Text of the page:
Here we are in the midst of another series of ‘The Apprentice’ and I bet that I wasn’t the only person that spent the first series, way back in 2005, wondering where about in Canary Wharf, Siralan’s (as he was back then) offices were? The rapid images of Canary Wharf and the City of London surrounding the famous boardroom scenes really left me with that impression.
Well, I’ve got a lot older and maybe a little wiser (?) since, and know now that Lord Sugar’s offices are out in Essex and the famous boardroom is a set in a TV studio in West London. But if there hadn’t been so many series for me to ponder over would I have ever considered the reality of where the office and boardroom were? I doubt it, it would have washed over me and I would have continued with the belief that they were near Canary Wharf somewhere. Does it matter? Probably not in this case, it’s irrelevant to me where Lord Sugar’s boardroom is but what about other situations?
I find it quite disturbing that seeing is so closely linked to believing. Now, I know that it’s advantageous for us to believe our eyes otherwise I’d have been run-over by a bus long before now but it also bothers me the way this is so easily used against me. Now I’m not talking about ‘The Apprentice’ here but what about news broadcasts or political campaigns?
We know already from other posts how impactful images are on us and how they are processed in a holistic way in the brain, stimulating our emotions and our expectations. Images are much closer to having the experience than words are. So I find it strange that we can get mad about a David Attenborough programme using polar bears in a zoo rather than in the wild because that’s a documentary and therefore must be authentic but we don’t give any thought to news bulletins or political broadcasts and how authentic they may be. Why do we think documentaries or news are more ‘real’ than a drama or comedy? After all they are all created by people, so can only ever be from a subjective view point as they are all cut, edited and manipulated, even if that’s only through the camera angles used and they way the picture is cropped.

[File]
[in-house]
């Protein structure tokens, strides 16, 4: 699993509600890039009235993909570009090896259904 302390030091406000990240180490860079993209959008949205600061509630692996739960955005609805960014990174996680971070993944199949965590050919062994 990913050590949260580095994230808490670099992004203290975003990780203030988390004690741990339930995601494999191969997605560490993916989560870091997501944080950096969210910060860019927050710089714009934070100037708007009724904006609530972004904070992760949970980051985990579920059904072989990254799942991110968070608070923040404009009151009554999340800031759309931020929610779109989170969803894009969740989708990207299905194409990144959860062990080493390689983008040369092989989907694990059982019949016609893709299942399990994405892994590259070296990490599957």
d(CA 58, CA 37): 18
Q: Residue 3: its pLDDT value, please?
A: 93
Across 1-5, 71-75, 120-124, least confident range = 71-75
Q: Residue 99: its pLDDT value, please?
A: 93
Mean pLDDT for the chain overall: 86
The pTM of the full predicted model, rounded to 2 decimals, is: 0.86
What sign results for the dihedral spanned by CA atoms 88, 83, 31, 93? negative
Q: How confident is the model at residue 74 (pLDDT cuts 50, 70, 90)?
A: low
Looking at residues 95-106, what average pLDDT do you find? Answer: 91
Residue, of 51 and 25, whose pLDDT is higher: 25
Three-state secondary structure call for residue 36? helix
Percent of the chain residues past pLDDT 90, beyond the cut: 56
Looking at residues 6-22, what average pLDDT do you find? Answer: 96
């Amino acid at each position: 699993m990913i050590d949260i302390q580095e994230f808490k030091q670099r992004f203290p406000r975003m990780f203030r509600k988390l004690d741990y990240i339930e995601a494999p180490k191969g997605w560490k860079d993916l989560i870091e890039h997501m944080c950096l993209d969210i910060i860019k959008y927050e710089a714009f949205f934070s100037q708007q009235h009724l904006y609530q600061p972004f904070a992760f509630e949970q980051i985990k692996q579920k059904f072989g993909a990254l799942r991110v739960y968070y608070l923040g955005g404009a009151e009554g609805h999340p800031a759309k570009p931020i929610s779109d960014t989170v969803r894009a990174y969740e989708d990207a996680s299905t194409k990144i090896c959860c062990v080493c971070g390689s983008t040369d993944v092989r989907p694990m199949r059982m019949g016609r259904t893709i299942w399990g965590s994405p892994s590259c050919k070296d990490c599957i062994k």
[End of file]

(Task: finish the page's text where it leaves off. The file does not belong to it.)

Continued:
Back to that rapid editing effect – what surrounds key moments and characters seems to be highly impactful on our perceptions. There was a famous experiment back in the early years of Russian cinema around 1920 when film maker Lev Kuleshov was experimenting with editing techniques. A lot of what is said about the experiment is anecdotal, as apparently Kuleshov himself couldn’t remember in later life exactly what had gone on and what shots were used. But the upshot is still the same, he cut together a short film in which a shot of the actor Ivan Mosjoukine’s blank and expressionless face was alternated with other images – allegedly a beautiful woman, a child’s coffin and a bowl of soup. When shown to audiences the viewers believed that the actors emotional reaction changed, they attributed such things as seeing hunger in his face when connected with the soup….but it was the same shot of his face each and every time. Viewers were bringing their own emotional reactions and then attributing them onto the blank canvas of the face of the actor.
I’m not sure if this is ‘real’ footage of the Kuleshov effect but here’s a Youtube link to give you the gist of the experiment – I can’t honestly say that this seems to have much impact on me but then I now know what I’m looking out for and I’m more intrigued by the early 20th century idea of a matineé idol, who to my 21st century ideas looks down right weird! But I know from my own experience that without a doubt we are influenced by what supports and surrounds the main image and, as ever, our brains simply fill in the blanks and make connections based on our past experience.
According to a web site I stumbled over about Stanley Kubrick and the Kuleshov effect, Kubrick was a great exponent of the technique and ‘HAL’ the famous computer, monotone and faceless form ‘2001: A Space Odyssey‘ is again used as a blank canvas on which we project our own feelings giving a personality and range of emotion which are not really there…creepy.
So be careful when watching the news and keep an eye out for politicians kissing babies or surrounding themselves with other positive images for that matter, they only hoping that some of that ‘ahhhhh cute’ reaction will influence you! And don’t believe your eyes – except when you see a bus!